Sea Urchins, Sand Dollars Thrived with Time

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A new study about echinoids—marine animals like sea urchins and sand dollars—gives scientists a reason to rethink a classical pattern of evolution. Fossil-based studies have traditionally indicated that groups of organisms diversify fastest early in their evolutionary history, followed by a steady decline through time. But the new work by Museum assistant curator Melanie Hopkins and her colleague Andrew Smith at the Natural History Museum, London published this week in the Proceedings of the National Academy of Sciences contradicts that expectation. They found that rates of evolution were actually lowest at Echinoidea’s onset and increased over time through episodic bursts associated with changes in the animals’ feeding strategies. 

Sea urchins, a small sampling shown here, originated about 265 million years ago and have diversified through episodic bursts over time. © AMNH

Sea urchins, a small sampling shown here, originated about 265 million years ago and have diversified through episodic bursts over time.

© AMNH


“This study demonstrates the dynamic nature of evolutionary change within major groups of organisms,” said Hopkins, one of the co-authors on the study and an assistant curator in the Museum’s Division of Paleontology. “It might sound obvious, but we’ve been able to show here how scale plays a large role in how rates of evolutionary change are interpreted. The pattern you see over one hundred thousand years will usually look much different than what you see over one hundred million years. And it’s going to vary depending on the part of the family tree you’re looking at as well.”

To examine evolutionary changes over a long time scale of a very complete family tree, Hopkins and Smith looked at echinoids, which originated about 265 million years ago. Sometimes referred to as sea hedgehogs because of their hard shells that are covered in spines, about 950 different species of echinoids live in today’s oceans.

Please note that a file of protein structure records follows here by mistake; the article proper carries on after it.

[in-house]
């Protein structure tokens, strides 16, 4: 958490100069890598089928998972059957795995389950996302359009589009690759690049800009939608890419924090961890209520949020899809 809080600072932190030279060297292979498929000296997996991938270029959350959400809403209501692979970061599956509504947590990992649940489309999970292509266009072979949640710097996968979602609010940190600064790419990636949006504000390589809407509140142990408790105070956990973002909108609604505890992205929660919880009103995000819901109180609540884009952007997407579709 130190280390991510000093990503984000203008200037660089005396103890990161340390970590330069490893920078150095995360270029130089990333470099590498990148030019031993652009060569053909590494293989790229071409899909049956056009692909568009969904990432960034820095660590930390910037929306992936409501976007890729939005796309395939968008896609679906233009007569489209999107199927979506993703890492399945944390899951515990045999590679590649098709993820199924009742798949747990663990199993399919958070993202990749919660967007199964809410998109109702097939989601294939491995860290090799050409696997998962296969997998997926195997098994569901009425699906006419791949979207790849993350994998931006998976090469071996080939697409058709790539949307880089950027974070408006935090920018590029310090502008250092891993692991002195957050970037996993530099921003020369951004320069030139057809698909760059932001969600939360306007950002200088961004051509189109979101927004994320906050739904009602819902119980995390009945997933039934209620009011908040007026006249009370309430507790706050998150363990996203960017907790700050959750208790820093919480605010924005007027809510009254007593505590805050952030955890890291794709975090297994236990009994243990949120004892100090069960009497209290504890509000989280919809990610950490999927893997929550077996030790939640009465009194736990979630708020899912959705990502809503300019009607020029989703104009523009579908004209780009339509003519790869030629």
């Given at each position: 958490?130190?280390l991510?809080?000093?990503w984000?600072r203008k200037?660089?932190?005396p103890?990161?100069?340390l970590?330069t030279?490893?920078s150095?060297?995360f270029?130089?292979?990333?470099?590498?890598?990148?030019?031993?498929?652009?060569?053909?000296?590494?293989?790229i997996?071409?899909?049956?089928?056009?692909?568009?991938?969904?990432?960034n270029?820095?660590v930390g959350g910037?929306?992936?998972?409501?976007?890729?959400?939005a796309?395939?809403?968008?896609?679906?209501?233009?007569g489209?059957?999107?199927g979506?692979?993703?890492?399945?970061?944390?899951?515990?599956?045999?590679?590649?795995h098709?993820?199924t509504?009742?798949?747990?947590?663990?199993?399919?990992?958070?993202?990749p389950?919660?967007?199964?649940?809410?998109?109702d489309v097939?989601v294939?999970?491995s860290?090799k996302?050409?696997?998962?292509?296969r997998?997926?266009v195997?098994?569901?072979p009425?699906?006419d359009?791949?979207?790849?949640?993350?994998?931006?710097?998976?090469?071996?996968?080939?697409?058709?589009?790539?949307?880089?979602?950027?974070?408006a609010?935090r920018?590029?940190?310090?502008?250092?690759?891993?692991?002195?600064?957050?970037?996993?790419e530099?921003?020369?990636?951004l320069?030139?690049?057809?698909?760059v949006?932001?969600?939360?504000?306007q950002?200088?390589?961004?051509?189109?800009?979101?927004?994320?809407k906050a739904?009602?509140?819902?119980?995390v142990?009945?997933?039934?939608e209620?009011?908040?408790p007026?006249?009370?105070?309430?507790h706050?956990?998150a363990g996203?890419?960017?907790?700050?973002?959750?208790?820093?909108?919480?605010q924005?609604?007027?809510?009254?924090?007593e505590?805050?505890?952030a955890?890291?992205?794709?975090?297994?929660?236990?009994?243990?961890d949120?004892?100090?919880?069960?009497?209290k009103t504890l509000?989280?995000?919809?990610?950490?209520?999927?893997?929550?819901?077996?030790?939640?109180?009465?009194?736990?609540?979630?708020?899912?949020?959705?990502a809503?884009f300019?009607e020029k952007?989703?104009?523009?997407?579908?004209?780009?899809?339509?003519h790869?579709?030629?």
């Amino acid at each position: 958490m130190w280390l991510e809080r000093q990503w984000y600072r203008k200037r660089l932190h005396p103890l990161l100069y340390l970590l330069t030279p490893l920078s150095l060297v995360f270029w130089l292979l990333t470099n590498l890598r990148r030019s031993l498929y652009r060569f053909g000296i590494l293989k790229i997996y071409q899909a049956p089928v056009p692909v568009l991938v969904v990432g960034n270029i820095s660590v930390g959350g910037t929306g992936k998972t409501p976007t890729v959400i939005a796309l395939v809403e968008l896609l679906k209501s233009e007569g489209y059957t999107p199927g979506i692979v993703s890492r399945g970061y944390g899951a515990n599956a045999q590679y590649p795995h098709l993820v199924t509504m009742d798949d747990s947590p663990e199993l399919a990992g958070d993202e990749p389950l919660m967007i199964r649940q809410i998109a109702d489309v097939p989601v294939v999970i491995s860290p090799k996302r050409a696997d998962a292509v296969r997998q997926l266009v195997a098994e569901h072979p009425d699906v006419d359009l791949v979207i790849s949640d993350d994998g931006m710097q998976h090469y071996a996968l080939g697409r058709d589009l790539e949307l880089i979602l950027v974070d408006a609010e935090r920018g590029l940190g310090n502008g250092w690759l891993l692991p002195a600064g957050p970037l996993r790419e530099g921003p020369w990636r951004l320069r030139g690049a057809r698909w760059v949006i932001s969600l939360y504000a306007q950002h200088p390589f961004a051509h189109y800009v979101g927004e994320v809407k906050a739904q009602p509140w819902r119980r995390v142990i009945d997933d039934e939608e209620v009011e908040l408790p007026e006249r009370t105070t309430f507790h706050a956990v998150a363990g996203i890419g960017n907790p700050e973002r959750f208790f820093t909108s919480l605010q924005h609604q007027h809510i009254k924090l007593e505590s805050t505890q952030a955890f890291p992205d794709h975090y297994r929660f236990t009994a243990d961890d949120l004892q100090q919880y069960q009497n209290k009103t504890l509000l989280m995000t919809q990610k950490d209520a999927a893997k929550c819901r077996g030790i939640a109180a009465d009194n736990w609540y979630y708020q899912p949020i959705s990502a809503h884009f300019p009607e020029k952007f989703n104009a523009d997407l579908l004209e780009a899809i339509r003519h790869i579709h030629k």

The researchers applied recently developed methods for estimating rates of morphological, or physical, changes among echinoids, from the Permo-Triassic mass extinction 251 million years ago—the greatest extinction event in Earth’s history—to today. Contrary to expectation, they found that the rates of evolution were lowest immediately following the extinction event and increased over time. 

“Many clades appear to have high initial rates, followed by slow-downs as ecological space fills,” Hopkins said. “Here, we show a case where evolutionary rates in a large group of animals show a net increase over time instead.” 

But the increase hasn’t been smooth: It was punctuated by bursts of diversification throughout time that coincide with shifts in the animals’ feeding strategies. For example, the evolution of gravity-assisted deposit feeding by sand dollars in the Eocene (which occurred between 56 to 34 million years ago) corresponds with a significant spike in morphological innovation. This strategy, which many sand dollars still use today, involves lying flat underneath a thin layer of sand—mouth side down—and using tube feet and mucous-filled channels to bring food particles to the oral cavity, having sifted them out of the sand.

The new research indicates the evolutionary stories behind many clades—not just echinoids—might be more complex than has previously been shown. 

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